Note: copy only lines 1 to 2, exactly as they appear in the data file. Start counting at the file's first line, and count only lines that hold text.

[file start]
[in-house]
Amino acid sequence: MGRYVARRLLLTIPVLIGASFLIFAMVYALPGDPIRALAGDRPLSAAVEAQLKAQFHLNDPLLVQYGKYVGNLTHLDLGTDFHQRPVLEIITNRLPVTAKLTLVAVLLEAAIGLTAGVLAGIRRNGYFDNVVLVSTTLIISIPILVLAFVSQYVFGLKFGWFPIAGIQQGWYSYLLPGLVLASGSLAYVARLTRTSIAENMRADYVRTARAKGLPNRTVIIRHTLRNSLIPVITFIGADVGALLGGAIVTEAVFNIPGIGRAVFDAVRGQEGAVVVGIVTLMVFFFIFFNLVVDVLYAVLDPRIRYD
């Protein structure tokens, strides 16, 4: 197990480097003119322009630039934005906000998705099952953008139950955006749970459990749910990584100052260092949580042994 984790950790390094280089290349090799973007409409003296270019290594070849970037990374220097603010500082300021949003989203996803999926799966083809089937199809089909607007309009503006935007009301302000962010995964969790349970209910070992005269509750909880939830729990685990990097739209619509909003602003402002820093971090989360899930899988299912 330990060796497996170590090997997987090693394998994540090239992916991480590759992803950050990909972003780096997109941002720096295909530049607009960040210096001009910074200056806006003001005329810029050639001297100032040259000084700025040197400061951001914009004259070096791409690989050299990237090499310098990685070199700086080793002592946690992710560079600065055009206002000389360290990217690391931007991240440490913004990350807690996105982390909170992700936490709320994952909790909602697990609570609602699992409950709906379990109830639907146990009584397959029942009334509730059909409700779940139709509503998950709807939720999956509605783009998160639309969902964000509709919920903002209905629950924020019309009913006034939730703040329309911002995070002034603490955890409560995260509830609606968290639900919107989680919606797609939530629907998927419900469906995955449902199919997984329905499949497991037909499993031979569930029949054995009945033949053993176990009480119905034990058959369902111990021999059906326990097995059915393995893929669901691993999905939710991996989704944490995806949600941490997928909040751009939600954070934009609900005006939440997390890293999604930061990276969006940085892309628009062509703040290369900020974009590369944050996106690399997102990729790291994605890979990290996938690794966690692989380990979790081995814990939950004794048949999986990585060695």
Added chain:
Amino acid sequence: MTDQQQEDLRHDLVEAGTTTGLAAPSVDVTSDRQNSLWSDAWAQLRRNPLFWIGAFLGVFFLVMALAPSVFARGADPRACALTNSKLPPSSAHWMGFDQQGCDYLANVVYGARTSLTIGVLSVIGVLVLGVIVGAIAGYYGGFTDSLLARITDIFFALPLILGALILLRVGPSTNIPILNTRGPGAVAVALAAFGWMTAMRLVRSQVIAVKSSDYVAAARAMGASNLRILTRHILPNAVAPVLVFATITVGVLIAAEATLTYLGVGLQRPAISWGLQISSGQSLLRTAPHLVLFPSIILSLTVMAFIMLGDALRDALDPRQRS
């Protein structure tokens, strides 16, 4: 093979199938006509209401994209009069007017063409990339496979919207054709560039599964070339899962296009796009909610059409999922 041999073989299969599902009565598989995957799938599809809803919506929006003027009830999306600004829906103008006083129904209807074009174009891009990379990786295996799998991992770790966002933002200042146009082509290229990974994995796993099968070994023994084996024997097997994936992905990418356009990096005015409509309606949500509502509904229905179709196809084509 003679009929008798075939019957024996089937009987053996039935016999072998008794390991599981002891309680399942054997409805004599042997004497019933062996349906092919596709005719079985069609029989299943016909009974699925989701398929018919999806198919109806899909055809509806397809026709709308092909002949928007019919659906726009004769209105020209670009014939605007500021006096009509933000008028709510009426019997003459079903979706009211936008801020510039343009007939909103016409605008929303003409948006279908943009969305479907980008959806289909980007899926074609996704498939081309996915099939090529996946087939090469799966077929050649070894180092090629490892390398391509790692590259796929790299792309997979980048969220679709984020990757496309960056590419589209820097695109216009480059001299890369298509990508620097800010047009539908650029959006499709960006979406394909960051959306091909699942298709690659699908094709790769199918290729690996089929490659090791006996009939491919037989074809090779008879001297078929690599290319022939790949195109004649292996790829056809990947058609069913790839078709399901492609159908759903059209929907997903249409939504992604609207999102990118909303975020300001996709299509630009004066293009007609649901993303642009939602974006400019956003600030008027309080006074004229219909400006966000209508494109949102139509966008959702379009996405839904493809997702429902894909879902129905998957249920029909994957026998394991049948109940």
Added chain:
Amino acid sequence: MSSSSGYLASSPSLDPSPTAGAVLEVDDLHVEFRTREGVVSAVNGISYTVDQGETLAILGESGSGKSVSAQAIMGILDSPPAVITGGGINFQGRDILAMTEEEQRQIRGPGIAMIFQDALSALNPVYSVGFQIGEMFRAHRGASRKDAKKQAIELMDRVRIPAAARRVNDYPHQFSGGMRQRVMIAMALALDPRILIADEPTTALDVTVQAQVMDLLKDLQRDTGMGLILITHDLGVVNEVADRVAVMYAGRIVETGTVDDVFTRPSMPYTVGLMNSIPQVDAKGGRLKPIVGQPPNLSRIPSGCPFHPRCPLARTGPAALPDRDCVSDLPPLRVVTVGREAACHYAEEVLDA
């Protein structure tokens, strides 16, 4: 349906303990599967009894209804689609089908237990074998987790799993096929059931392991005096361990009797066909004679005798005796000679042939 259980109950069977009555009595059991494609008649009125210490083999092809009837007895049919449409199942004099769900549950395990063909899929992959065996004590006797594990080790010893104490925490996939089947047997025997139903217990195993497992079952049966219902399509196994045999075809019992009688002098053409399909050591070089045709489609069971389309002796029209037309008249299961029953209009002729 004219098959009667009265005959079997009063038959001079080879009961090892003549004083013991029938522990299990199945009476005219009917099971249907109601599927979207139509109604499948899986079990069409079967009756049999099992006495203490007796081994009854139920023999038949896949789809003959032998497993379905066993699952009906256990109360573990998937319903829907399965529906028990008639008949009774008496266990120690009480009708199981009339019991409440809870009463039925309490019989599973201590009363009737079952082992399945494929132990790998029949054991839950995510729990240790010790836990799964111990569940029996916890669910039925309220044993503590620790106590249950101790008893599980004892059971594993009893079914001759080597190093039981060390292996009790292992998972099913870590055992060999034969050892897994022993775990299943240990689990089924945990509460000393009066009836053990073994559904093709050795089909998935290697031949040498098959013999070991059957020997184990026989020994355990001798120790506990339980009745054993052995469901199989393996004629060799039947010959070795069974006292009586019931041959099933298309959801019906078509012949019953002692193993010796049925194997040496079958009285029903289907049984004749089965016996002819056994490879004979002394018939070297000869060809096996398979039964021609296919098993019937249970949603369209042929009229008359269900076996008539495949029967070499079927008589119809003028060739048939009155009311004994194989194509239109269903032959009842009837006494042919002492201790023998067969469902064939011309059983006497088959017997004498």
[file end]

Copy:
[in-house]
Amino acid sequence: MGRYVARRLLLTIPVLIGASFLIFAMVYALPGDPIRALAGDRPLSAAVEAQLKAQFHLNDPLLVQYGKYVGNLTHLDLGTDFHQRPVLEIITNRLPVTAKLTLVAVLLEAAIGLTAGVLAGIRRNGYFDNVVLVSTTLIISIPILVLAFVSQYVFGLKFGWFPIAGIQQGWYSYLLPGLVLASGSLAYVARLTRTSIAENMRADYVRTARAKGLPNRTVIIRHTLRNSLIPVITFIGADVGALLGGAIVTEAVFNIPGIGRAVFDAVRGQEGAVVVGIVTLMVFFFIFFNLVVDVLYAVLDPRIRYD